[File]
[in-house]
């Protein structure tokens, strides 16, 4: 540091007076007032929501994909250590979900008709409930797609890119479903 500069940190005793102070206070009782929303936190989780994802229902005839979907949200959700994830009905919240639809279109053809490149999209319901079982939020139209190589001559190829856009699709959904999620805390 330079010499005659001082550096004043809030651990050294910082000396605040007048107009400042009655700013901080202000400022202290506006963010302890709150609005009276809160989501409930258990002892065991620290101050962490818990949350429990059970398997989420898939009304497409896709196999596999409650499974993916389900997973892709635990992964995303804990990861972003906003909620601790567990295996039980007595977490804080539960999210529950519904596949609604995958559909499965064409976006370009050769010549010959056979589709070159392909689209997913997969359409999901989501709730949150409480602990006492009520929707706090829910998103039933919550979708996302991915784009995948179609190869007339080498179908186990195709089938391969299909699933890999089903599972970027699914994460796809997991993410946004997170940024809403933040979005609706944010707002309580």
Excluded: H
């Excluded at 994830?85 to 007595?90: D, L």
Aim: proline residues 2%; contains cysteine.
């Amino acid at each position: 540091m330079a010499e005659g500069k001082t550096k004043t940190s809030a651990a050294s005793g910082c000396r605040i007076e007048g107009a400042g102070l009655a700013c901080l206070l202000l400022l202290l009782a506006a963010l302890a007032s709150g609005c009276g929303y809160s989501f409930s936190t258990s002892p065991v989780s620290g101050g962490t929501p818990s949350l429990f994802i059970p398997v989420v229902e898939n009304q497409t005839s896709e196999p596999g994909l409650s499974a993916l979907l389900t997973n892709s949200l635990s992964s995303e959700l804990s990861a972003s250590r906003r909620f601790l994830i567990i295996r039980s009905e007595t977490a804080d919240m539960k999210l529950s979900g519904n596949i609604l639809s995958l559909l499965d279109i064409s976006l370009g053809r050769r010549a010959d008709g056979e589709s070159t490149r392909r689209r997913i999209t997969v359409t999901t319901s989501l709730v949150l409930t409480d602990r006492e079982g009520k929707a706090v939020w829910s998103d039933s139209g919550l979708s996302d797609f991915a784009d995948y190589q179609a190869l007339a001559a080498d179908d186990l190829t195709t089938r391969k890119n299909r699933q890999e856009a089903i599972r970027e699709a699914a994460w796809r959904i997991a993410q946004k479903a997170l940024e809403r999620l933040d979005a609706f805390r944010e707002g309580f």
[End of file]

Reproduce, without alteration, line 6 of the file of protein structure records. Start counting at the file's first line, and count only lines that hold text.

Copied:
């Amino acid at each position: 540091m330079a010499e005659g500069k001082t550096k004043t940190s809030a651990a050294s005793g910082c000396r605040i007076e007048g107009a400042g102070l009655a700013c901080l206070l202000l400022l202290l009782a506006a963010l302890a007032s709150g609005c009276g929303y809160s989501f409930s936190t258990s002892p065991v989780s620290g101050g962490t929501p818990s949350l429990f994802i059970p398997v989420v229902e898939n009304q497409t005839s896709e196999p596999g994909l409650s499974a993916l979907l389900t997973n892709s949200l635990s992964s995303e959700l804990s990861a972003s250590r906003r909620f601790l994830i567990i295996r039980s009905e007595t977490a804080d919240m539960k999210l529950s979900g519904n596949i609604l639809s995958l559909l499965d279109i064409s976006l370009g053809r050769r010549a010959d008709g056979e589709s070159t490149r392909r689209r997913i999209t997969v359409t999901t319901s989501l709730v949150l409930t409480d602990r006492e079982g009520k929707a706090v939020w829910s998103d039933s139209g919550l979708s996302d797609f991915a784009d995948y190589q179609a190869l007339a001559a080498d179908d186990l190829t195709t089938r391969k890119n299909r699933q890999e856009a089903i599972r970027e699709a699914a994460w796809r959904i997991a993410q946004k479903a997170l940024e809403r999620l933040d979005a609706f805390r944010e707002g309580f």